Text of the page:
Fermented Red Onion & Thyme Honey

Reprinted with permission from Healing Herbal Infusions by Colleen Codekas, Page Street Publishing Co. 2018. Photo credit: Colleen Codekas


  • 1 cup (130 g) sliced red onion
  • 1/2 cup (4 g) loosely packed fresh thyme springs
  • 1 1/4 cup (300 mL) raw honey


  1. Place all ingredients into a pint-sized (473 mL) jar. Cover with a lid and invert the jar a few times to coat the herbs in the honey. Loosen the lid a bit to allow gasses to escape as fermentation takes place. Set your jar in a dark, cool place.
  2. Each day, tighten the lid and invert your jar to coat the herbs in honey. Be sure to loosen the lid once you’re done. Do this for 1-2 weeks.
  3. You’ll notice little bubbles forming in the jar and your honey becoming runnier after a few days. This is fermentation happening! Your honey will be fully fermented in a month, but you can begin to use it at any time during this process.


Take honey, or eat a few slices of onion, whenever you feel sickness coming on, up to 3 times a day. It can also be taken 1-2 times a day as a preventative measure and to boost overall immunity.

  • Adults: 1 tablespoon
  • Children: Ages 3-7 take 1/4 teaspoon, ages 8-12 take 1/2 teaspoon, ages 13-18 take 1-2 teaspoons depending on size and weight.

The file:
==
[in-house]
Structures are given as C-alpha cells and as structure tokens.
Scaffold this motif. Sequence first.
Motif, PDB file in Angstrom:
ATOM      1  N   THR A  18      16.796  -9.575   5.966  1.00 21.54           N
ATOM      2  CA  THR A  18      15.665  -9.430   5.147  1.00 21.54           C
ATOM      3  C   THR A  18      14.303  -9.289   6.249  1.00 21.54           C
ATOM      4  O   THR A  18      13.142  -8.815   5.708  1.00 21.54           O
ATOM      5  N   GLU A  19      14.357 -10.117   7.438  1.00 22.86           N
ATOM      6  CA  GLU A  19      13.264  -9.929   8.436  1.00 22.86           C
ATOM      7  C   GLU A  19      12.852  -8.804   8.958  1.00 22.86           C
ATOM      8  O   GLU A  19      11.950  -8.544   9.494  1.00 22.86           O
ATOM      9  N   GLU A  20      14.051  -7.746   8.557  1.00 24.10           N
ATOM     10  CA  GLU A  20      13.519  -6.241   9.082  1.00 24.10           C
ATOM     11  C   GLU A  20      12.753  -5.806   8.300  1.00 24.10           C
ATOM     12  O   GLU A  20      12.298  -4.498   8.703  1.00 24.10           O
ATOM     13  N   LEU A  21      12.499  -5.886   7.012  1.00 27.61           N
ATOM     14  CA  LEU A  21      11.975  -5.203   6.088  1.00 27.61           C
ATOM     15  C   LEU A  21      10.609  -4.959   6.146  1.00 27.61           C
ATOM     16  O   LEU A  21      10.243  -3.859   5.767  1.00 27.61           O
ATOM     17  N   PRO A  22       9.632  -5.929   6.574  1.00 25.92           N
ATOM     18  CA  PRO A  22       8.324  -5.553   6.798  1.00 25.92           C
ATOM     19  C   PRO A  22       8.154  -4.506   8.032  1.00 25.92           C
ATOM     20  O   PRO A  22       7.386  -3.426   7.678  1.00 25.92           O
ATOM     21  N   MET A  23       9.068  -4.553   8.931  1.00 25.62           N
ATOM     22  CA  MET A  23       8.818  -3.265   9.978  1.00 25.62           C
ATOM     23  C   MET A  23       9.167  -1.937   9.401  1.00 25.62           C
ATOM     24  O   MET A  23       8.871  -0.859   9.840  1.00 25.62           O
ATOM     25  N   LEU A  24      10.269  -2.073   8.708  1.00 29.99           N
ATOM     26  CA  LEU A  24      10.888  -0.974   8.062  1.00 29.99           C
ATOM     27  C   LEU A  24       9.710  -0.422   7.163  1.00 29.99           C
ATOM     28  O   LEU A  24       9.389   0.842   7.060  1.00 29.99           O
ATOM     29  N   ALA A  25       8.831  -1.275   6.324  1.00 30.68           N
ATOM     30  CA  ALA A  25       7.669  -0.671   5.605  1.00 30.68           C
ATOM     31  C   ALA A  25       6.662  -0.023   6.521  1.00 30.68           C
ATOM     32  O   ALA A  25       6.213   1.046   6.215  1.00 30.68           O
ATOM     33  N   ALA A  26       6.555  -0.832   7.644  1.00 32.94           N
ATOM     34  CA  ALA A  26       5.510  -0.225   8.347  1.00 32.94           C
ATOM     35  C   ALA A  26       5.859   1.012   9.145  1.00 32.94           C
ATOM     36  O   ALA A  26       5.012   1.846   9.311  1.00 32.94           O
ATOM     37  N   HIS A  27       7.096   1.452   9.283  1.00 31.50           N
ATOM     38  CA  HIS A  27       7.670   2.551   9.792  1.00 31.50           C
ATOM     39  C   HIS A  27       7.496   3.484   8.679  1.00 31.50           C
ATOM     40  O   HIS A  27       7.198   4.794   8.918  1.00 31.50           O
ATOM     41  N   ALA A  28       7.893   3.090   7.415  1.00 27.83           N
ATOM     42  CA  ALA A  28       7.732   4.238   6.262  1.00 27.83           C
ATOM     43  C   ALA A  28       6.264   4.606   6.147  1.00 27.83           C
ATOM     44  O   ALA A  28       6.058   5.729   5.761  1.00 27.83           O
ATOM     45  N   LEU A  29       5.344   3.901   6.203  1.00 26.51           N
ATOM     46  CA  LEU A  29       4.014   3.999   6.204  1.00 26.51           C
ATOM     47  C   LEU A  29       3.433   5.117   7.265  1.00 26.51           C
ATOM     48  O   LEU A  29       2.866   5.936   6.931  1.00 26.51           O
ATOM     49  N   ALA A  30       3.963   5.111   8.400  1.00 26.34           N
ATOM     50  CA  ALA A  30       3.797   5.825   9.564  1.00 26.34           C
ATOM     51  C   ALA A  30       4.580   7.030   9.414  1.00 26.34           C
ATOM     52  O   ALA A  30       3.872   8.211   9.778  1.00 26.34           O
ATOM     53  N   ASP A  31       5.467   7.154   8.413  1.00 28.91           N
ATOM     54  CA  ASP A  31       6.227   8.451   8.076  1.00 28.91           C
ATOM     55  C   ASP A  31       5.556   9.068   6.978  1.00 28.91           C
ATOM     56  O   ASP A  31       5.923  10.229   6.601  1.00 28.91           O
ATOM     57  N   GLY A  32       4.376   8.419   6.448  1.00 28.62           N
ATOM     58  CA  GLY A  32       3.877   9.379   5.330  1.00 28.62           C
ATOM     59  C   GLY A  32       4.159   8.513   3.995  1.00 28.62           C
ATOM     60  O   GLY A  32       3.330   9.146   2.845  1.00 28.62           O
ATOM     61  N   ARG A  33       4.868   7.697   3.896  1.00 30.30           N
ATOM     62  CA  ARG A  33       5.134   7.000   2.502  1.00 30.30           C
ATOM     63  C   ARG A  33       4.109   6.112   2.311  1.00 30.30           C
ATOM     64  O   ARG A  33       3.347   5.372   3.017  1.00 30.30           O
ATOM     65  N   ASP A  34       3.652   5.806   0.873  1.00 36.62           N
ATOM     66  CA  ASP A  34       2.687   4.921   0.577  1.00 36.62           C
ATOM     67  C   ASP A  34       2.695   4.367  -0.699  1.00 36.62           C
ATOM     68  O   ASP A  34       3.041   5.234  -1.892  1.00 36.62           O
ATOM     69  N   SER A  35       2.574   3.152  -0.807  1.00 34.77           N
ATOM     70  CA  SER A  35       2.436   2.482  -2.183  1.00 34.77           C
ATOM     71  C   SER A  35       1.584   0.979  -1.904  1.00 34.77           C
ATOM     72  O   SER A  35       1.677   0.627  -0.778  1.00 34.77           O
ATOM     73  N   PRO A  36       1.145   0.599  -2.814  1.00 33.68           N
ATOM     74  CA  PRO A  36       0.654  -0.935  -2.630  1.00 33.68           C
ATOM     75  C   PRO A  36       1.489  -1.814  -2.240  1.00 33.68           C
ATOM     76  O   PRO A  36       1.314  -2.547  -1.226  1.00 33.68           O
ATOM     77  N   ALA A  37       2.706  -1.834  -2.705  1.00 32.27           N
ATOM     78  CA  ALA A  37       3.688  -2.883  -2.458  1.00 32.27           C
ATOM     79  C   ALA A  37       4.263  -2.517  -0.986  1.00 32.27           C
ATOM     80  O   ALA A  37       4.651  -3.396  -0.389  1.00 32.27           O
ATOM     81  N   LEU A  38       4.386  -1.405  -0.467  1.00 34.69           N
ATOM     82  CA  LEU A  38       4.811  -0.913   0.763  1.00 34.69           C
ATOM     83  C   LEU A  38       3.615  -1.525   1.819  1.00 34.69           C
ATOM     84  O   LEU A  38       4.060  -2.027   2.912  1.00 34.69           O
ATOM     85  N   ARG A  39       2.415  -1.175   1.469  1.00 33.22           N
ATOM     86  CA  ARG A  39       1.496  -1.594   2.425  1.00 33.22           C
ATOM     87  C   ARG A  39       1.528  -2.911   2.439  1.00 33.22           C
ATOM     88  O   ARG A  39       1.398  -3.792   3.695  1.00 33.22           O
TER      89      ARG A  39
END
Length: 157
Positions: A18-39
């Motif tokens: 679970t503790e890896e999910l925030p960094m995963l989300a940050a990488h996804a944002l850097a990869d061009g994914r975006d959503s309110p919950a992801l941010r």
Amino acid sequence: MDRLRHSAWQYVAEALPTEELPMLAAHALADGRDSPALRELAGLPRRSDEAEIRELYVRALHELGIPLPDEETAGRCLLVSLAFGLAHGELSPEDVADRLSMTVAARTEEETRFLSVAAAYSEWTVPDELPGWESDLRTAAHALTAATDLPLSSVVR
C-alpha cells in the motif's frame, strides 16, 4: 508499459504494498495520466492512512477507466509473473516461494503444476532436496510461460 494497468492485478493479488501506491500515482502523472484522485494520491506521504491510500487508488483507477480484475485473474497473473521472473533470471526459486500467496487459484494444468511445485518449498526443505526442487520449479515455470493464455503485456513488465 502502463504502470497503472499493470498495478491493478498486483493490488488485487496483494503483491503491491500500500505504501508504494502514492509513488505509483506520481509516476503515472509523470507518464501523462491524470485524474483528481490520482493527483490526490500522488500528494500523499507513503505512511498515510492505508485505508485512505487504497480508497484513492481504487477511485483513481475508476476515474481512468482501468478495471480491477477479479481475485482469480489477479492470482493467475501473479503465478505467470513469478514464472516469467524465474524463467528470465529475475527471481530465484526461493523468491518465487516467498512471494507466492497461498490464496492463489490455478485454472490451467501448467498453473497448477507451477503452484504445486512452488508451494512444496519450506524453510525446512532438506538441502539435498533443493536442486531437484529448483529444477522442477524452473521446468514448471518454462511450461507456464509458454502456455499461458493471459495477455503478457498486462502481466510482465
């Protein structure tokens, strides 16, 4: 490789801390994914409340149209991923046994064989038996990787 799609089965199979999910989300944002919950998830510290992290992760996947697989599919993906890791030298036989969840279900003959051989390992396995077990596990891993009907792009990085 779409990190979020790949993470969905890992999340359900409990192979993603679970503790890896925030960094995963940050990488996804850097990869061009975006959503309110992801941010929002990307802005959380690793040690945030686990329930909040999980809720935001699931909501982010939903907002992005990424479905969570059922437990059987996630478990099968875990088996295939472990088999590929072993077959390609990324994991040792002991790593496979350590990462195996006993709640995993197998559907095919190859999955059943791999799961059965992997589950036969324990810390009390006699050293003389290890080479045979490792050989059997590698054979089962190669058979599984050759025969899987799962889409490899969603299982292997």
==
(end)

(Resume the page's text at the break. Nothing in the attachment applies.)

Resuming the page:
• This recipe is best with fresh thyme, but if you only have access to dried thyme, that will work. Just reduce to 1/4 cup for dried thyme.
  • Do not use for children less than 2 years of age.
  • You can use the honey and herbs as a yummy glaze or marinade for meats and veggies!

New on the Blog

The Magic of Winter | Growing Up Herbal | Grab a cup of hot tea and stop by to read my thoughts on the magic of winter today!


While each season is enjoyable for its own reasons, winter is one of my favorites because it’s so full of warmth, magic, and meaning.

In this post, I’m sharing my thoughts on winter and why I look forward to it each year!

Read more here:



Our 2018 "12 Days of Christmas” Holiday Countdown | Growing Up Herbal | Checkout this 12 Days of Christmas holiday countdown, a shortened spinoff of a traditional Advent calendar. Learn how to make it and some example activities to include!


Each year, I try to put together an Advent calendar for the boys in an effort to celebrate the season and do something fun together. Instead of gifts or candy, though, we do special activities together. But this year, I got behind and missed the December 1st start date because life happens… right? So instead, I decided to stray from the traditional 25 day Advent calendar and try something similar, yet different. This year, we’re incorporating our Advent activities into a 12 Days of Christmas countdown instead.

Read all about it here:

How To Approach Ear Infections Naturally | Growing Up Herbal | Curious how to approach ear infections naturally? Learn how herbs, essential oils, and other natural products can come to your aid and support the body.


Because ear infections are a common occurrence during childhood, I consider myself very blessed that not one of my four kids has ever been diagnosed with one. Any time they’ve complained of an earache, I immediately approached the situation as if it were an actual ear infection — only from a natural perspective.

In this post, I want to talk a bit about acute ear infections, how you can approach ear infections naturally at home (including several DIY recipes), and when it’s time to go see a doctor.